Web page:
Aims The new cyclooxygenase-2 (COX-2) selective inhibitors, celecoxib (Celebrex®) and rofecoxib (Vioxx®), have been widely prescribed since their launch. No reviews currently appear in the literature of prescribing patterns in Australia. This paper describes a self-audit of the clinical use of selective COX-2 inhibitor therapy undertaken with rural general practitioners (GPs) in Australia.
Methods A structured audit form was developed and distributed to interested GPs. The form was self-administered and focused on issues about COX-2 inhibitors and the types of patients who were receiving them, e.g. indications, patient demographics, risk factors and drug interactions.
Results A total of 627 patients were recruited (569 celecoxib and 58 rofecoxib). A range of doses was prescribed. Osteoarthritis was the most common indication (68.1%). Risk factors known for the nonselective nonsteroidal anti-inflammatory drugs were identified in 65.1% of patients, with the most common being advanced age, hypertension and previous peptic ulcer disease. Potential drug interactions were common. A variety of reasons for initiation of therapy was identified; these included perceived increased efficacy, safety and failure of other treatment.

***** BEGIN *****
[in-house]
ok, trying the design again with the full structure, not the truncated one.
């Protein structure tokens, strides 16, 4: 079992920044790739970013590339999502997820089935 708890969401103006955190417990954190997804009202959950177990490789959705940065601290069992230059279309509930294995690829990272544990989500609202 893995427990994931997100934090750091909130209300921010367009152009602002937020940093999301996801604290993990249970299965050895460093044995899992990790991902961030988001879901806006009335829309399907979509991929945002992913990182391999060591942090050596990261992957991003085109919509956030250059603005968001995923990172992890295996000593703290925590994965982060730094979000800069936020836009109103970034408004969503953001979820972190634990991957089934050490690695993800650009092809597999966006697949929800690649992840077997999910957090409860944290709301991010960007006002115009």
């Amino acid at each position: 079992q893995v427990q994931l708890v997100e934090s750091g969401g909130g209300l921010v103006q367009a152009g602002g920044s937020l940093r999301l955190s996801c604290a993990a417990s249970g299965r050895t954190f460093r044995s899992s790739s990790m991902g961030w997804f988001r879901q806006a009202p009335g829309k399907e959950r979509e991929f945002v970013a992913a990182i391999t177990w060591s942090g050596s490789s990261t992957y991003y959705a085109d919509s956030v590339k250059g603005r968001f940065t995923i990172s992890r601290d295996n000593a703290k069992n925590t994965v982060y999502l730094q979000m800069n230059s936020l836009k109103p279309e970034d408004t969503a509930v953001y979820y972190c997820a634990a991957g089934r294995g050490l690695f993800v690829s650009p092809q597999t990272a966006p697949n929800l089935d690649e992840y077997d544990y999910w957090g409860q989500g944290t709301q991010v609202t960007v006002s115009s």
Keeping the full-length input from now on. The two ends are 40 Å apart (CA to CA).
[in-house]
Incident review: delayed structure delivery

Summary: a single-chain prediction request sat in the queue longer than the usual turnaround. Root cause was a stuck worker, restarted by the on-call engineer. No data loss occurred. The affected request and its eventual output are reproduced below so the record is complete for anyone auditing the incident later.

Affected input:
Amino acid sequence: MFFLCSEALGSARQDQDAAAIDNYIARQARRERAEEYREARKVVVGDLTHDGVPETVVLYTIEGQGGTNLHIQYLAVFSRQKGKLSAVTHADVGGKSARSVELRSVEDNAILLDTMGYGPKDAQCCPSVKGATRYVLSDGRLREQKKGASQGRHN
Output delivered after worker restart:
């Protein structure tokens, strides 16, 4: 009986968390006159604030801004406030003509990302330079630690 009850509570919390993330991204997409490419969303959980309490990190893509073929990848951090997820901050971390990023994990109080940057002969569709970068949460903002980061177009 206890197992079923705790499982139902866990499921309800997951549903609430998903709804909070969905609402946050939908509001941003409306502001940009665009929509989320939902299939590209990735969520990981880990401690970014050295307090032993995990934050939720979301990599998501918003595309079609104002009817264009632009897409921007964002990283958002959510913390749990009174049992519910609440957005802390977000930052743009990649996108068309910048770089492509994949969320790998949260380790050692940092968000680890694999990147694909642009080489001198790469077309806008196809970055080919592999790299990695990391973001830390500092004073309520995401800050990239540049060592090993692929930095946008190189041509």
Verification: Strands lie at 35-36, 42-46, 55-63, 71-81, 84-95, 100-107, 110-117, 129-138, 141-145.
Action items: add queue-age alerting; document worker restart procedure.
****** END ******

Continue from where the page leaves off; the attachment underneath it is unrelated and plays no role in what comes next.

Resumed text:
Conclusions These results show that COX-2 inhibitors are being prescribed for patients with multiple risk factors that may place the patient at increased risk of adverse drug reactions to a COX-2 inhibitor. The perception of improved safety and efficacy was common and is of concern. Limitations of the study include the reliance on self-reporting.